Tag Archives: Herbicide

Pampas Grass

Pampas grass (Cortaderia species) is as distinctive grass that has escaped from gardens and other plantings and become a major threat to native vegetation. Once established, the plant is very competitive, restricting the establishment of native trees, and can become a fire hazard and harbour vermin. Pampas grass is of greatest potential weed significance to forestry operations. Pampas grass is not considered an agricultural weed, because young plants are readily grazed by stock and it shows no ability to establish in cropping systems.

Individual plants have the ability to produce vast quantities of windborne seed – up to 100,000 per flower head – which can infest areas within a 25 km radius. In many cases, garden plants are the seed source for infestations.

The method of control for pampas grass depends on the site on which it occurs and the potential risk for causing new infestations. Permanent mechanical removal is recommended wherever possible. Grubbing of plants, particularly when small, is the best method of control in urban and bushland areas. This can be difficult with large plants because of their extensive root system and the abrasive nature of the leaves.

Control of large plants is easier and more effective if any seed heads are removed first and the plant is slashed before grubbing the crown and roots. Seed heads should be placed in a plastic bag and destroyed in an appropriate way. The best conditions for grubbing are when the soil is moist so removal is easier. The crown and roots must be completely removed from contact with the soil. Suitable disposal methods for plant material are necessary to prevent re-establishment.

Use of herbicides (low-risk areas) Only a registered herbicide used according to the direction on the label should be used to control a weed.

Smaller plants (less than 40 cm) can be controlled using a wiper applicator with the recommended herbicide. For larger plants, slash the plant to reduce the foliage, taking care to dispose of any plant material in the appropriate way to prevent re-establishment, and then spray with the recommended herbicide. Alternatively, the plant can be burnt (if local conditions allow), allowed to recover, and any new growth sprayed with the recommended herbicide. Do not spray plants stressed by drought or frost, and ensure there is thorough wetting of larger plants with the herbicide. Follow-up treatment may be required if regrowth occurs. (Source NSW DPI)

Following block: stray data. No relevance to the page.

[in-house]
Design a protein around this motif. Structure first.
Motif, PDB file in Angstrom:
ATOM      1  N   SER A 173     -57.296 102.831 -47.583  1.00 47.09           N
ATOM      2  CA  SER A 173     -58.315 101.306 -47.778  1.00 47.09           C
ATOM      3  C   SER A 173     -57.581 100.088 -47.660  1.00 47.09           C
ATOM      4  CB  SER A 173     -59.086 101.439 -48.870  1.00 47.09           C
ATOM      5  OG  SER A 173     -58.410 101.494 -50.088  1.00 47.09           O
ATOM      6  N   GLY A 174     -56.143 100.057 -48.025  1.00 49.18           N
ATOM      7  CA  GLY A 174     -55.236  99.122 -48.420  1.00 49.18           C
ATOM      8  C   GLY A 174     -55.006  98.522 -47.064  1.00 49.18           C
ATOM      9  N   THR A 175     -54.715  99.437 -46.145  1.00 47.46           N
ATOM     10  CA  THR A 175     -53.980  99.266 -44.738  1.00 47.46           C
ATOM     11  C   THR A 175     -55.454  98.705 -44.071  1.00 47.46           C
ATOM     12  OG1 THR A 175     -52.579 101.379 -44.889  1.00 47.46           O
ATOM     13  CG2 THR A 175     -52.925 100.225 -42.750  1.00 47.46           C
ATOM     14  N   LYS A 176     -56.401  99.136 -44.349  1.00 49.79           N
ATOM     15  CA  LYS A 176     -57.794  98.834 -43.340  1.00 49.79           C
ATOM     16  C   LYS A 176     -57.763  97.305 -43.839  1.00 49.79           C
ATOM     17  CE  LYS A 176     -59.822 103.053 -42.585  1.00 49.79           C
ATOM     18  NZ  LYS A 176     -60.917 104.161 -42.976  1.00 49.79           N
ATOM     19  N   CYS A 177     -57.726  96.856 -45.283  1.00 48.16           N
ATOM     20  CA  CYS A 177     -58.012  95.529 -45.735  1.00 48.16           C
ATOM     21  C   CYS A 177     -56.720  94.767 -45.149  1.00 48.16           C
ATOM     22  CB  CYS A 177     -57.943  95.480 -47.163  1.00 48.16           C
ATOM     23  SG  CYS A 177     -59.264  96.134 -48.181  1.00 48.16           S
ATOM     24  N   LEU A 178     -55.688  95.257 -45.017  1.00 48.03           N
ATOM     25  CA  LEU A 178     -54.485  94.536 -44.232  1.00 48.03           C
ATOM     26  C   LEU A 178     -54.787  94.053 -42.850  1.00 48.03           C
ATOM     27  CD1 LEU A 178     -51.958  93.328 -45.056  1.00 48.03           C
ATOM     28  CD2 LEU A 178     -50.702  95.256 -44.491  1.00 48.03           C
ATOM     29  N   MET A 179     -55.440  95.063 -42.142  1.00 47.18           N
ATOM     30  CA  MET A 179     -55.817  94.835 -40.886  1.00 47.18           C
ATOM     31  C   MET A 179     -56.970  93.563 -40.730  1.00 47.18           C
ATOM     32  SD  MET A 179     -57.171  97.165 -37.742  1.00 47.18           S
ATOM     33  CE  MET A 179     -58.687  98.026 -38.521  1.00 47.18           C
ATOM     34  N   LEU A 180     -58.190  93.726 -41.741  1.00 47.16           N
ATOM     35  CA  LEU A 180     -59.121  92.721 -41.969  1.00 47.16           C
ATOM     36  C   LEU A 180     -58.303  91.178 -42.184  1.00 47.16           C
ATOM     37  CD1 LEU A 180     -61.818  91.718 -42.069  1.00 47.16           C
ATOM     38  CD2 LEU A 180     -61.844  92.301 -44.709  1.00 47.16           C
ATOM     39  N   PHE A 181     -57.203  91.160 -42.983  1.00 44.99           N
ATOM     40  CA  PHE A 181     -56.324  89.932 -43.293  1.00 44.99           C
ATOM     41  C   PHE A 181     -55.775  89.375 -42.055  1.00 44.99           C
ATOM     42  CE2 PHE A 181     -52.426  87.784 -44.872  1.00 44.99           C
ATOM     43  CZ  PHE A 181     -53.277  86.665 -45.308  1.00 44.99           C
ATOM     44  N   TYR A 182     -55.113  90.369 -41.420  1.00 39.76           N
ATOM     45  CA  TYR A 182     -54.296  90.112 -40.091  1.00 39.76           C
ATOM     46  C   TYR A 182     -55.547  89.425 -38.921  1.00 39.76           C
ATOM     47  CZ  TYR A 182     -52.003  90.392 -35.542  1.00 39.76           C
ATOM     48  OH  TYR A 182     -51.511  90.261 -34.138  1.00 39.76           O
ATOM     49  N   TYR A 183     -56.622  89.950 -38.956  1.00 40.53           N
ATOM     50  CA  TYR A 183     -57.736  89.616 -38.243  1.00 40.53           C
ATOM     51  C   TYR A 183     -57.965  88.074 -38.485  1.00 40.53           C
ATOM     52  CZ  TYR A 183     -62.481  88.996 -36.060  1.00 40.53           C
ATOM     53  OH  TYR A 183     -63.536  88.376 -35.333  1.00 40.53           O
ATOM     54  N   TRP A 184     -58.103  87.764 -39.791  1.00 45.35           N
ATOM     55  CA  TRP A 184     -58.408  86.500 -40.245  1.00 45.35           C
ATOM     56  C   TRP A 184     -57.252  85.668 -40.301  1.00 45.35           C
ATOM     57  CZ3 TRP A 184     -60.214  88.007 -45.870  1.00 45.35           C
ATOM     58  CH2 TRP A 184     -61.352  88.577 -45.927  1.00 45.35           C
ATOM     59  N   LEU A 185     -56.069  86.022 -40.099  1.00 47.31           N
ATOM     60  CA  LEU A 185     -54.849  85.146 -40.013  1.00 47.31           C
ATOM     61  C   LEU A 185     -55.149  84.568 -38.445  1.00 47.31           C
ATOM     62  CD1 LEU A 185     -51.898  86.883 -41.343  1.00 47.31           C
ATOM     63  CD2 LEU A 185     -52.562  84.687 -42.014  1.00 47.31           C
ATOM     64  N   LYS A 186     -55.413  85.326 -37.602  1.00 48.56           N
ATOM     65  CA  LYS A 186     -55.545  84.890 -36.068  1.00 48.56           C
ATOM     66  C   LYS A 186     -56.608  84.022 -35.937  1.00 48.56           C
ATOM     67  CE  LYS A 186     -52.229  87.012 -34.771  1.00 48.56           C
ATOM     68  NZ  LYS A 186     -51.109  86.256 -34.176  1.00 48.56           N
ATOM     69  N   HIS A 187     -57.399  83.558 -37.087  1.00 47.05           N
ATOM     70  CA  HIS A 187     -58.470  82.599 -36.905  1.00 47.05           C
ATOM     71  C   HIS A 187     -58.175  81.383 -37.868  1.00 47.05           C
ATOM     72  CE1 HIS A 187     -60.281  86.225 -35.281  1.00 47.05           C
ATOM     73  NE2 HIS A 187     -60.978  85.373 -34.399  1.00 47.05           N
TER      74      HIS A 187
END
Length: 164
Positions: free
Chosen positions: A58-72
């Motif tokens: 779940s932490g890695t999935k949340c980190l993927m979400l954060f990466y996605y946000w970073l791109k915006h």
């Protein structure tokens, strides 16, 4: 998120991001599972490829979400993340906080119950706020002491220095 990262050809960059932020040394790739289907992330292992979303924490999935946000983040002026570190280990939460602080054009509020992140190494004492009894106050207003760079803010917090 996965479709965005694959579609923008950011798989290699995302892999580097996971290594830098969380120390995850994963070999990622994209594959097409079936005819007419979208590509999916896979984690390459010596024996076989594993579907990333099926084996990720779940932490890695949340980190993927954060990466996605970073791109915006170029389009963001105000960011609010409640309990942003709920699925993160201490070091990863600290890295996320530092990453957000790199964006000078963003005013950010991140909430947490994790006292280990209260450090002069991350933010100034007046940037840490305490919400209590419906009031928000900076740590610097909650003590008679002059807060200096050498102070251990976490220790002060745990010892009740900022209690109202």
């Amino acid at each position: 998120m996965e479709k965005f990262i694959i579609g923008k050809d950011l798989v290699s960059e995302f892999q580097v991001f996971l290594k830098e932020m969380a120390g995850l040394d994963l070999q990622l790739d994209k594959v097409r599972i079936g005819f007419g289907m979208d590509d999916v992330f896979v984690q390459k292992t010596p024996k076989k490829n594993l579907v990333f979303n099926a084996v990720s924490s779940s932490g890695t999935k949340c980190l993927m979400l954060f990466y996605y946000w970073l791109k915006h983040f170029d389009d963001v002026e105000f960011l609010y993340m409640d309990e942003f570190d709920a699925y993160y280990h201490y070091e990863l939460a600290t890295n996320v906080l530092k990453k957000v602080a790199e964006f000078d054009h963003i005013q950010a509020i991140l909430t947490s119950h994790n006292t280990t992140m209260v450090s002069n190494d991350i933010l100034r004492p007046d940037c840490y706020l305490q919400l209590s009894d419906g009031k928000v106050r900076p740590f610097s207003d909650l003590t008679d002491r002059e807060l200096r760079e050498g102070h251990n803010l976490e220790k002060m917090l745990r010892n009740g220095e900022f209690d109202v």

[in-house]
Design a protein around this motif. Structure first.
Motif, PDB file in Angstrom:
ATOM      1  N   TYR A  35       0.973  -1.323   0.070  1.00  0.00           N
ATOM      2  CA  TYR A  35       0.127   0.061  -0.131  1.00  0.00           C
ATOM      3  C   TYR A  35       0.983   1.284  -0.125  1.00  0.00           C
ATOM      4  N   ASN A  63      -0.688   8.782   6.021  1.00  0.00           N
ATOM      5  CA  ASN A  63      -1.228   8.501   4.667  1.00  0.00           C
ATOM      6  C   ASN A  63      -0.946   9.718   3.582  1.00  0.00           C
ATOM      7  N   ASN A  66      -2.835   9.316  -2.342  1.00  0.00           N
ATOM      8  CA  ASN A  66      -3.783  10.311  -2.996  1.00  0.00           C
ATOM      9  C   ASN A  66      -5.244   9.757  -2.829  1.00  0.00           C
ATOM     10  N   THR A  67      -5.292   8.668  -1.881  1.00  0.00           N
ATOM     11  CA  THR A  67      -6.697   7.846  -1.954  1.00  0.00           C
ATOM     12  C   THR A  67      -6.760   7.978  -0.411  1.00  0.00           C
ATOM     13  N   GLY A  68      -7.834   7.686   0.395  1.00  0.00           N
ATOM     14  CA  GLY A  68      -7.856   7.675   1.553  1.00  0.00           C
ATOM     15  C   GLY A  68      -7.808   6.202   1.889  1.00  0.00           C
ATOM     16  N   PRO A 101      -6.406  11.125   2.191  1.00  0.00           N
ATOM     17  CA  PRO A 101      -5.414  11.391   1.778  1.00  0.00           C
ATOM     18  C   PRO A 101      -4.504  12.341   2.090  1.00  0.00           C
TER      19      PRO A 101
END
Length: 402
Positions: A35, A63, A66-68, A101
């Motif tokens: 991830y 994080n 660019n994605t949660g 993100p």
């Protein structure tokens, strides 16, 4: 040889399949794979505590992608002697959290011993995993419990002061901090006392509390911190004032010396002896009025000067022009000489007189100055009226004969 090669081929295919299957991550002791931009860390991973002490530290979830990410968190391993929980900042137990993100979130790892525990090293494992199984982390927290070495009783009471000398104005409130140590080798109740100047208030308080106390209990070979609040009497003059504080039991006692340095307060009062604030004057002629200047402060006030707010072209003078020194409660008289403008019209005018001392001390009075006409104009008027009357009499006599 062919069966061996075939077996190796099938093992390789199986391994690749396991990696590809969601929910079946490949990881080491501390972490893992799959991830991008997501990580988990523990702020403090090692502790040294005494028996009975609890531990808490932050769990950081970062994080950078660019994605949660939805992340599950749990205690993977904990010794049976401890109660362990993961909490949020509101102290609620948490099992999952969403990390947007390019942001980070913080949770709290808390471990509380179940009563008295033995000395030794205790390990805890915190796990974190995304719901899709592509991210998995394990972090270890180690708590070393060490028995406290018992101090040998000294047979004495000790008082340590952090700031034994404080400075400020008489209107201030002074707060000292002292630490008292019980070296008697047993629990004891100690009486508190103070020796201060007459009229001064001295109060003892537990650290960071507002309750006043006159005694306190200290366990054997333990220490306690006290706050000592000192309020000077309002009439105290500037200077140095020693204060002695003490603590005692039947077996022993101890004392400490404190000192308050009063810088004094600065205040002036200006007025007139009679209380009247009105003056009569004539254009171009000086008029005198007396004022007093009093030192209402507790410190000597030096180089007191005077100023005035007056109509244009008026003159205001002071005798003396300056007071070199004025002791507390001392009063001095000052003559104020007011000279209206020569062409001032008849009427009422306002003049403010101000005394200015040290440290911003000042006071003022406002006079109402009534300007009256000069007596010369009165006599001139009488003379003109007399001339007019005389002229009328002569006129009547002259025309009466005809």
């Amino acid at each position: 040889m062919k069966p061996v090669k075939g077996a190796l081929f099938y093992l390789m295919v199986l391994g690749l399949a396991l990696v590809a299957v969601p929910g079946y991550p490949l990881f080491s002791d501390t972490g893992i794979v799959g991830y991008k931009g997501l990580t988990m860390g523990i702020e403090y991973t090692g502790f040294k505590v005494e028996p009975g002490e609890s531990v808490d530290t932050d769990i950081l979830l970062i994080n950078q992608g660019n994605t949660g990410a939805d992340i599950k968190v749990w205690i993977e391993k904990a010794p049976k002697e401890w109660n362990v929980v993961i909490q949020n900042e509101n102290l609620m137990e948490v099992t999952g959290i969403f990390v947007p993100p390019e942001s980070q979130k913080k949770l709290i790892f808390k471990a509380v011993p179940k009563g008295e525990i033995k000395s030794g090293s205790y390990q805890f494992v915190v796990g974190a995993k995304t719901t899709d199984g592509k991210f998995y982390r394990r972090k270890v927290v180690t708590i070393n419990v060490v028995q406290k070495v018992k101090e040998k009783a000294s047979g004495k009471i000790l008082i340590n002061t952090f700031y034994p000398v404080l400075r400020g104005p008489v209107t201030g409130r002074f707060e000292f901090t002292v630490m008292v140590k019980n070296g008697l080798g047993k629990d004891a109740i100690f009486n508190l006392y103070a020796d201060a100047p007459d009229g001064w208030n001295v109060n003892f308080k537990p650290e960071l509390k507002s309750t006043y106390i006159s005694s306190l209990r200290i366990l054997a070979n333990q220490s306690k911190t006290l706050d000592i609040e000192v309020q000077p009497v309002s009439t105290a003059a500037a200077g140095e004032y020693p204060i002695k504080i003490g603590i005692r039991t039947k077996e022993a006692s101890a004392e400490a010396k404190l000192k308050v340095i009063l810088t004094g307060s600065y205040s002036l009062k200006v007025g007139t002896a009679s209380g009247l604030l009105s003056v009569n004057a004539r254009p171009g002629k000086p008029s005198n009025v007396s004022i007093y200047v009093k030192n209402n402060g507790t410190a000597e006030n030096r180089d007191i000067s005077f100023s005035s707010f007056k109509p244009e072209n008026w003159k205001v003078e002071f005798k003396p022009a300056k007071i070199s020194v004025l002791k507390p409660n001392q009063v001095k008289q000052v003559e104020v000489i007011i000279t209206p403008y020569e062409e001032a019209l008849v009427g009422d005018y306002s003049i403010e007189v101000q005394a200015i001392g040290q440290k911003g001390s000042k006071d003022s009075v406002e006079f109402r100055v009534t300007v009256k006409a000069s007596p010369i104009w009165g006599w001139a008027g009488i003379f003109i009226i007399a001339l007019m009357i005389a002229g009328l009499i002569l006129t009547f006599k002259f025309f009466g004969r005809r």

Pampas Grass - Cortaderia
Pampas Grass is a threat to native vegetation and forestry areas.

Inkweed

Inkweed - Phytolacca octandra
Inkweed – Phytolacca octandra

A common weed that has emerged and become conspicuous since the 2009 fires are Ink-weed Phytolacca octandra. This erect, herbaceous perennial from tropical America used to be a noxious weed in Victoria. It is still considered to be a troublesome weed. It infests bare soil areas and is spread by birds colonising large areas Ink-weed can grow up to 2 metres high and has brittle spreading branches. Red coloured stems which grow from a well-developed tap-root. It has smooth bright green leaves. Greenish white flowers occur close together on upright tapered spikes between August and November. The fruits are dark purple to black berries which exude a red-purple juice. This plant can turn up in gardens and bushland unnoticed and can dominate large areas inhibiting the growth of more desirable species. Ink-weed can be grubbed out being careful to get as much of the tap-root as possible. It will also respond well to being sprayed with an appropriate herbicide. Brush Off (Metsulfron Methyl) can be effective. (Text Source from SGLN weeds website)

Phytolacca octandra -  Inkweed
Phytolacca octandra – Inkweed, This clump of Inkweed has gotten away and produced hundreds of new seeds. Inkweed now chokes this small gully.
Phytolacca octandra -  Inkweed
Phytolacca octandra – Inkweed, Flower
spike with newly forming berries.
Phytolacca octandra -  Inkweed
Phytolacca octandra – Inkweed, This inkweed needs to be controlled now before it flowers and sets seed. If hand-pulling make sure the tap-root is removed.
Phytolacca octandra -  Inkweed
Phytolacca octandra – Inkweed, Showing the shiny purple-black berries.